12 Feb Hyperexcitability in Visual Cortex Demonstrated in Migraine Sufferers
MedicalResearch.com Interview with:
Chun Yuen Fong
Post-doc research fellow
Center for Cognitive and Evolutionary Science
University of Tokyo
MedicalResearch.com: What is the background for this study?
Response: Migraine is one of the most prevalent neurological disorders worldwide. However, what exactly trigger a migraine episode is not entirely clear despite years of research. Moreover, migraine sufferers often report having excessive sensitivity to light and certain patterns during the headache-free period. Some researchers suggested that such abnormal sensations were associated with the enhanced cortical hyperexcitability of the migraine sufferers.
In our study, we aimed to build on this theory by comparing the neurophysiological activities between regular migraine sufferers and control using electroencephalography (EEG). Using the same research method, we also compared the neural activities between healthy participants who reported having more abnormal visual sensations to those with less.
MedicalResearch.com: What are the main findings?
Response: We found that migraineurs had a significantly enhanced neural response – N2 induced by high spatial frequency gratings on their visual cortex compared to control. Also, the healthy participants who have stronger visual sensitivity to gratings appeared to have a similar neural response pattern like the migraine sufferers.
MedicalResearch.com: What should readers take away from your report?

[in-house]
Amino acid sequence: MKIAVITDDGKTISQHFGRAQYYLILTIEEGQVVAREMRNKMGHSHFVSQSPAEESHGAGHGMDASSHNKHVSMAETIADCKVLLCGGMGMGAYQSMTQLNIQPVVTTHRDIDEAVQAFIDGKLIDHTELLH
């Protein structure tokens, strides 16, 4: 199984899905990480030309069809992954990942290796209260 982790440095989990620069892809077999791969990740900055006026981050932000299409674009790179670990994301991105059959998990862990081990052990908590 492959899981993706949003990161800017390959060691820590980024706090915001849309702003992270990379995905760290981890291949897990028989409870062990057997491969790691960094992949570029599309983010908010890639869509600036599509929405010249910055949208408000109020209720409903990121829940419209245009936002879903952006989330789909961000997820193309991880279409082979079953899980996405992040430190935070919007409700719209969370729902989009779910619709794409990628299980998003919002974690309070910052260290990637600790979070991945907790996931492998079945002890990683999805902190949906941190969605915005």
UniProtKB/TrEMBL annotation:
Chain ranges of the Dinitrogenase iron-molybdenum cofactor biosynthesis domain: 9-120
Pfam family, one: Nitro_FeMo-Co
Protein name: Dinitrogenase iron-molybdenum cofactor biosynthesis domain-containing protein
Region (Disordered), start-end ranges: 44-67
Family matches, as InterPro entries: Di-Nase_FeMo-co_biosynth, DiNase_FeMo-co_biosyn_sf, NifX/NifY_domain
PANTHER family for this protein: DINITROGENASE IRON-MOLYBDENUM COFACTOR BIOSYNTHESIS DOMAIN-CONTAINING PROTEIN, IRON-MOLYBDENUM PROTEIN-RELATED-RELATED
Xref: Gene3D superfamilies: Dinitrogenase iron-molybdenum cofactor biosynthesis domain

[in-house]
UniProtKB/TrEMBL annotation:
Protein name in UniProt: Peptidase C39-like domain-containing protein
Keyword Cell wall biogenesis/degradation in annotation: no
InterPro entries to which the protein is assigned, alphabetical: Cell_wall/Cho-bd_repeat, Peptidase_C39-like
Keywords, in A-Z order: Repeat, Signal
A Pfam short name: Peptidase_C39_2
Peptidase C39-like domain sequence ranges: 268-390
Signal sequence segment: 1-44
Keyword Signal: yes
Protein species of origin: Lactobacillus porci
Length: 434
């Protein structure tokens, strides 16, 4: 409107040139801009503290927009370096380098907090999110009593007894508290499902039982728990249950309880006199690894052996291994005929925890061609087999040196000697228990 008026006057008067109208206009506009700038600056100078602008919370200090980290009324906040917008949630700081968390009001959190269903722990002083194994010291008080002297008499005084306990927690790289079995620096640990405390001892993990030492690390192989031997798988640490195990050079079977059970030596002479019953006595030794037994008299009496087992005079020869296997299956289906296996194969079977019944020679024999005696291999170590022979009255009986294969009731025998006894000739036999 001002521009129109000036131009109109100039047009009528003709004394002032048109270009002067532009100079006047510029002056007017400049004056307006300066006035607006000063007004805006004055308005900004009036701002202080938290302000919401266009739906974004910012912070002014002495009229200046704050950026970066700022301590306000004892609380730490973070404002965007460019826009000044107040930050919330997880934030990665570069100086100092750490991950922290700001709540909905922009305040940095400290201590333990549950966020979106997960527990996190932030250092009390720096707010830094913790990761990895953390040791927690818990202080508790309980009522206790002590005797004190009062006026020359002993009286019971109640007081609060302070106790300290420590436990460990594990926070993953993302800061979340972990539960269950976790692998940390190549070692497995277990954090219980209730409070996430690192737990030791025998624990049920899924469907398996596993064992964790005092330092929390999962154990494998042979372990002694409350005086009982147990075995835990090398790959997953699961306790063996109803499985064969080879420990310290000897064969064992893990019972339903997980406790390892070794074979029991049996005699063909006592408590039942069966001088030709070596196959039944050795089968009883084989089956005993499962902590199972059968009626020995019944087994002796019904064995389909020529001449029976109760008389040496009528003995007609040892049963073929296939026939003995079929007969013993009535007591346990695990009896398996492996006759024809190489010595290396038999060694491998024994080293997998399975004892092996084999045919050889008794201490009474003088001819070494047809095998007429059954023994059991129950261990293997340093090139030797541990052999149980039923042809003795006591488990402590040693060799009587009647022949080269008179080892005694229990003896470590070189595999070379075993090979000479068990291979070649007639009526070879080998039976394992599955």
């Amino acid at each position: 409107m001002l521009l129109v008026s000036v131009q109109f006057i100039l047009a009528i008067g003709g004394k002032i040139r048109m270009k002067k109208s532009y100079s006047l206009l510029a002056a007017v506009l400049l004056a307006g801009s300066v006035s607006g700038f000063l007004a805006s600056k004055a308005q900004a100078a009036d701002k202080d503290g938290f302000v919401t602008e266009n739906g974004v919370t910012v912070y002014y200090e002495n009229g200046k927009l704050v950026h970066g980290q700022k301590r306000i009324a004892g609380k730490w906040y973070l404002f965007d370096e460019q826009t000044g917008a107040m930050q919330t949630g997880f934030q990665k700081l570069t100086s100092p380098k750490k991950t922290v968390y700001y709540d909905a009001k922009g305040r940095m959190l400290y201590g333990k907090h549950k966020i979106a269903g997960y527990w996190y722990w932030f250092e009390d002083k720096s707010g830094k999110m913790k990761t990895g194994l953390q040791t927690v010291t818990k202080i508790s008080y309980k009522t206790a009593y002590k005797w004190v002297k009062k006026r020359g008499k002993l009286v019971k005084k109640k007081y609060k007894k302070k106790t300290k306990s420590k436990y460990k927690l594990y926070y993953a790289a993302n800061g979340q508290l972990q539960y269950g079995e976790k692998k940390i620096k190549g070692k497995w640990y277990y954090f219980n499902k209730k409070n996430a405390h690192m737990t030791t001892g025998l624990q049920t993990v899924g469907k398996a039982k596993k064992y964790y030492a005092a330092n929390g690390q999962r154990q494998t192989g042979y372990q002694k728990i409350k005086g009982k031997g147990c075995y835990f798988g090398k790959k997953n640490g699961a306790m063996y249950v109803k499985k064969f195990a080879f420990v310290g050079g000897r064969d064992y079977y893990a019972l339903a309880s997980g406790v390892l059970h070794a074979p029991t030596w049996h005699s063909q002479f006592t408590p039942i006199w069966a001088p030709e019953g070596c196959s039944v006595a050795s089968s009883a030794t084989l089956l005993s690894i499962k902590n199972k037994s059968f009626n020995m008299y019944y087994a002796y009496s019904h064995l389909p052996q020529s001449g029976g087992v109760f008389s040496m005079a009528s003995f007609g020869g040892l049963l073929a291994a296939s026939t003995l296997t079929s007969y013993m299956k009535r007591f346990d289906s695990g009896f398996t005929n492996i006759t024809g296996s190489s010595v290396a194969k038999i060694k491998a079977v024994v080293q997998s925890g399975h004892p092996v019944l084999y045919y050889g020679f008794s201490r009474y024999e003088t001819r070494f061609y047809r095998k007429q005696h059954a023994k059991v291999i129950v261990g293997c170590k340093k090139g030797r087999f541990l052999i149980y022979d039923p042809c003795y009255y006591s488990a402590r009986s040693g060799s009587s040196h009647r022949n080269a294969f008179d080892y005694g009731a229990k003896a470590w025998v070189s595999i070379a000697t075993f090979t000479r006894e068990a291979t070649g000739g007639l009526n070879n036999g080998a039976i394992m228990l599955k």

Response: Our study showed support to the linkage between cortical hyperexcitability and abnormal visual sensitivity in both migraine sufferers and the non-clinical population. We hypothesized that the cortical hyperexcitability indicates the neurological vulnerability of the brain and provides the base for a migraine episode. Therefore, theoretically speaking, the non-clinical population with abnormal visual sensitivity could be more likely to experience migraine attack compared to others when they are exposed to some known migraine triggers, for instance, strong visual stimulations, stress, sleep deprivations or hormonal changes.
MedicalResearch.com: What recommendations do you have for future research as a result of this work?
Response: Future research should focus more on the “sub-clinical group” that we identified – those who do not have migraine but having migraine-like experience. By comparing this population with regular migraine sufferers psychologically and physiologically, we will have a better understanding of what factors trigger/prevent migraines.
Neuroimage Clin. 2019 Dec 16;25:102122. doi: 10.1016/j.nicl.2019.102122.
Differences in early and late pattern-onset visual-evoked potentials between self- reported migraineurs and controls.
Fong CY1, Law WHC2, Braithwaite JJ3, Mazaheri A4.
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